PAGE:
EA’s going to further monetise its games

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BF3Prem

EA recently went and released Battlefield Premium – a pay-for service that gives the most ardent Battlefield players a ton of content – as well as a few other perks – for a monthly fee. For £39.99, R399, $49.99 on PS3/PC or 4000 Microsoft Points on Xbox 360, Battlefield Premium offers various in-game perks and access to all of Battlefield 3’s DLC content. Expect more of that for other EA games.

“We are very pleased with the performance so far,” said EA’s Patrick Soderlund to USA Today – patting himself on the back for the 800 000 premium subscribers Battlefield 3 has attained.  “We’re actually only two weeks into it, so it’s a little early to tell how this is going to pay off. It certainly it looks very promising right now.” Promising indeed; that’s an extra $40 million in EA’s pocket.

It means, in all likelihood, that EA will be keen to apply that model to more of its games – echoing statements made by EA’s Frank Gibeau.

“We had EA Sports subscription before Elite came out, so adding that component to the design is not a reaction,” he said to GI, discussing Premiums superiority over Call of Duty Elite.  “It’s something we’d always been considering and we had been looking at. We didn’t have it ready for launch and it took us some time to get it prepped. Having said that, they [Activision] did something really innovative and if your competitor does something innovative and you think it applies to what you can do, then there’s no harm in doing that. This is an industry where people have a lot of oneupsmanship and if somebody innovates, you match it or you exceed it.”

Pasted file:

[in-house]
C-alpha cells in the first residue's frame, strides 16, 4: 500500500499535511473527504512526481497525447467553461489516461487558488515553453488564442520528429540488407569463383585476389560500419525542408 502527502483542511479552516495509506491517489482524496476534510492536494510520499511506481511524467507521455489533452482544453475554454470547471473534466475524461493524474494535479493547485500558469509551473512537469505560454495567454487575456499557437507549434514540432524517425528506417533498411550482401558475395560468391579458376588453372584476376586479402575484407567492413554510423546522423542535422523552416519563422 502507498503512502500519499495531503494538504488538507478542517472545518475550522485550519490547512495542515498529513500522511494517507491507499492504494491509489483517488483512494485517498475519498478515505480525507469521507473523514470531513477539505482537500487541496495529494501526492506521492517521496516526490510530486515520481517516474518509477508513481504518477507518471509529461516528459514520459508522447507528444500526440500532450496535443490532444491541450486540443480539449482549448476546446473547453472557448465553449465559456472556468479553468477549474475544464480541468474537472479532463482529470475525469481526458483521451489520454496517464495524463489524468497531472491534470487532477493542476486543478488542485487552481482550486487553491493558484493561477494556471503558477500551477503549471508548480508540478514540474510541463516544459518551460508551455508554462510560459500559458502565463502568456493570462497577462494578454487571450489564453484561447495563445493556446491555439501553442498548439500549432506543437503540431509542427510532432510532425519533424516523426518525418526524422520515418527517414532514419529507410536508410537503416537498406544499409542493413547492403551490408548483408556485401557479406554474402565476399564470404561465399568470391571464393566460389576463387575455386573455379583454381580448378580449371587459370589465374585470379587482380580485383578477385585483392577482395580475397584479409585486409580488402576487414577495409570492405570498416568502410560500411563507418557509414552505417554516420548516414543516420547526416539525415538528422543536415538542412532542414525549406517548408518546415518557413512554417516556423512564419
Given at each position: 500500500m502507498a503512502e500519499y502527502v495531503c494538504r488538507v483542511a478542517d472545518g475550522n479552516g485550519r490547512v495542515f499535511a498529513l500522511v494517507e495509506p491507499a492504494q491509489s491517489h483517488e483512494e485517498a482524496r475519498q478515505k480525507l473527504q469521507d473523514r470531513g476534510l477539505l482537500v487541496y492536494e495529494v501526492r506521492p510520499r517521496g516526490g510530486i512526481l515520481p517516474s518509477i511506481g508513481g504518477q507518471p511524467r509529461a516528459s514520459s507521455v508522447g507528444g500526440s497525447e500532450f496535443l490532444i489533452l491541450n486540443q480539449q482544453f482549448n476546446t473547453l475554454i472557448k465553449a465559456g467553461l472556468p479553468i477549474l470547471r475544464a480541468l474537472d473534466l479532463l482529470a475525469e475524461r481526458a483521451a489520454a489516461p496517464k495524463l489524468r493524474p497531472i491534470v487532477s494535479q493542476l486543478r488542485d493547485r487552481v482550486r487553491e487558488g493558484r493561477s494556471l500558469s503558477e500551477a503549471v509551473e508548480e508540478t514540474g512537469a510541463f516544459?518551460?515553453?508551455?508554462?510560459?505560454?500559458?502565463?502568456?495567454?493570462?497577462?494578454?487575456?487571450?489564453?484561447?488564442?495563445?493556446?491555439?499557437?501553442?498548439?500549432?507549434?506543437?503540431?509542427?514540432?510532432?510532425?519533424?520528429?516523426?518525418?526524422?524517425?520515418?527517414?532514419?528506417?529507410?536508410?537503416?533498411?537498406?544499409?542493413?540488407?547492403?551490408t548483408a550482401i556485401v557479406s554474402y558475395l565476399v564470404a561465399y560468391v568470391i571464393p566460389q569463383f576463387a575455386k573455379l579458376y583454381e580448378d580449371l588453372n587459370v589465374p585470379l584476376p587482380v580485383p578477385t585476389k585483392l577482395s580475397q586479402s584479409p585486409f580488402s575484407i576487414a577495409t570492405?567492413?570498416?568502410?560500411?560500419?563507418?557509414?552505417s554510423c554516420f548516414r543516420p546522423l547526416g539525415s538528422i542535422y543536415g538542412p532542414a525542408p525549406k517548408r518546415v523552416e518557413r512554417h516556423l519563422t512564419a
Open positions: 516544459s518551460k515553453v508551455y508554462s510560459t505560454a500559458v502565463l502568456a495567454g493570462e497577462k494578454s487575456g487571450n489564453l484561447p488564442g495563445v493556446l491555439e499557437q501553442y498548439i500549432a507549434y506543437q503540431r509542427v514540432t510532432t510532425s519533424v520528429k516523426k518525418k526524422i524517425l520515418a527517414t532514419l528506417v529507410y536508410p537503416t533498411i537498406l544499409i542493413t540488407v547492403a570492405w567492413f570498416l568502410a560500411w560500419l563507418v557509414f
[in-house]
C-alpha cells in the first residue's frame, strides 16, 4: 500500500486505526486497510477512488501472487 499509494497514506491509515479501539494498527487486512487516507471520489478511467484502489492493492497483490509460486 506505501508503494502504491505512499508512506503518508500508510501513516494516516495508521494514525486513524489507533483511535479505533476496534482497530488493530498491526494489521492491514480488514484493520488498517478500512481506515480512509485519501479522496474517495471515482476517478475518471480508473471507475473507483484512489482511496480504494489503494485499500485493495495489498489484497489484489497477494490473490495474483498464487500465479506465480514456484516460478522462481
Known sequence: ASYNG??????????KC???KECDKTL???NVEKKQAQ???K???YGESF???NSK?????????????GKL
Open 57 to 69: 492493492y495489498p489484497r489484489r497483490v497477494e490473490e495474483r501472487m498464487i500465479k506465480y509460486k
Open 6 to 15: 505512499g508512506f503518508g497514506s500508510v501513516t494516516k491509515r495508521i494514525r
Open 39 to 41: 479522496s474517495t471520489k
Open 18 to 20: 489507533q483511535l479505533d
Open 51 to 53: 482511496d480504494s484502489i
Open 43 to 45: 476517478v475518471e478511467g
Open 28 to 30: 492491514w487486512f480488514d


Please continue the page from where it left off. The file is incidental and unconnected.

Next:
So yes – it’s probably prudent to expect the “premium” treatment applied to more EA games – meaning you’ll end up paying $110 for full games instead of just $60.

“We actually think our Premium service exceeds what Elite does – from a value standpoint, from a content standpoint, and longer term we think that we can bring more properties into that offering and that’ll be great for the business,” he said.

On the one hand, I do think that it offers pretty good value to real fans – and could help sustain the industry beyond next gen. On the other, it could just be a nasty way of releasing half a game and making extra money for it later.

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Last Updated: July 2, 2012

Geoffrey Tim

Editor. I'm old, grumpy and more than just a little cynical. One day, I found myself in possession of a NES, and a copy of Super Mario Bros 3. It was that game that made me realise that games were more than just toys to idly while away time - they were capable of being masterpieces. I'm here now, looking for more of those masterpieces.

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